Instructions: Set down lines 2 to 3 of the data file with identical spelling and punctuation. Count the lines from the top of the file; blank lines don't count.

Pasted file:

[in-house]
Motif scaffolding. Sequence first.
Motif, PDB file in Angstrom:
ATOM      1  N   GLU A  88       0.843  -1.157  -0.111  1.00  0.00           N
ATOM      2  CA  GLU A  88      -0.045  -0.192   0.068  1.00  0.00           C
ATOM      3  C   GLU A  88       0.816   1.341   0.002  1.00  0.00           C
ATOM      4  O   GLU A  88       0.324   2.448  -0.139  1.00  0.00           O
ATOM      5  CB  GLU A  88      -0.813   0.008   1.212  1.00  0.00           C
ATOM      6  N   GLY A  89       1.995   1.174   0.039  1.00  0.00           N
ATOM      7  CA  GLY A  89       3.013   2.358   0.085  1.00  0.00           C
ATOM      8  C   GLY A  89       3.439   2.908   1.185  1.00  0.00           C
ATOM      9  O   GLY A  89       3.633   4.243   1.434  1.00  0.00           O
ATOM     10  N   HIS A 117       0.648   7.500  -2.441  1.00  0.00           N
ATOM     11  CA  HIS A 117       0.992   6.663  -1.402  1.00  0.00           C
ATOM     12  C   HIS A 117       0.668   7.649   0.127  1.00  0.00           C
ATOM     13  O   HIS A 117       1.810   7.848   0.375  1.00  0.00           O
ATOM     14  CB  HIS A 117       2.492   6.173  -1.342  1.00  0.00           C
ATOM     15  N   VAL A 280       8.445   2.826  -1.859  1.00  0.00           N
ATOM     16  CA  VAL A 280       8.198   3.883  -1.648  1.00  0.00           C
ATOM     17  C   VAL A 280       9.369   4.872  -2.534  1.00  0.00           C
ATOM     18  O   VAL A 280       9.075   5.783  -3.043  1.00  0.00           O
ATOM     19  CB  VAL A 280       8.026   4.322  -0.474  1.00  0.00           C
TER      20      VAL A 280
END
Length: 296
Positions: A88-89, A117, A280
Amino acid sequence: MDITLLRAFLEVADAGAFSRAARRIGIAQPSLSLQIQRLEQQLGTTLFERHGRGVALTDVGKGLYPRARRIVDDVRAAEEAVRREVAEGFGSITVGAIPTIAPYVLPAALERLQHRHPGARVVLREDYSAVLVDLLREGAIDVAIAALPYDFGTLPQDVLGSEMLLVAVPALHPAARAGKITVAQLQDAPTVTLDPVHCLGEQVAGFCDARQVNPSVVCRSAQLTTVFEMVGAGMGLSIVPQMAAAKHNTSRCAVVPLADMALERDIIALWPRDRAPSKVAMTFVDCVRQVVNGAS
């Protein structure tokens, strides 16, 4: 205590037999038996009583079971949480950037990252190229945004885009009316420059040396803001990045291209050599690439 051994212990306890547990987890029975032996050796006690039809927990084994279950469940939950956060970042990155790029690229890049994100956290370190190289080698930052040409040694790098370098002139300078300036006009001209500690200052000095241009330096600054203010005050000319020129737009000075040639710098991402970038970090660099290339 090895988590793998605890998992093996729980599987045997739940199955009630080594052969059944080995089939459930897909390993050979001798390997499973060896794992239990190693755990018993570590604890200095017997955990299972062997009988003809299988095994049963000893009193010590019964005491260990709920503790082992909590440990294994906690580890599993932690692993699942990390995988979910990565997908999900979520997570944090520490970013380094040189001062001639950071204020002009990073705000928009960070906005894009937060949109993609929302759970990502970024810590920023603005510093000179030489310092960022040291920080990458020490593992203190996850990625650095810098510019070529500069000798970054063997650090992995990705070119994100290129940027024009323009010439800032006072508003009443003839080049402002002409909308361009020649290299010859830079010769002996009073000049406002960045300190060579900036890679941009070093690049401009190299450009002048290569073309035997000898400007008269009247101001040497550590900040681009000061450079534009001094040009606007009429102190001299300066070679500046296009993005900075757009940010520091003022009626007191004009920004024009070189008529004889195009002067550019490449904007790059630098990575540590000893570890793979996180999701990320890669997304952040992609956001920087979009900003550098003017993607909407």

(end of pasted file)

Motif scaffolding. Sequence first.
Motif, PDB file in Angstrom: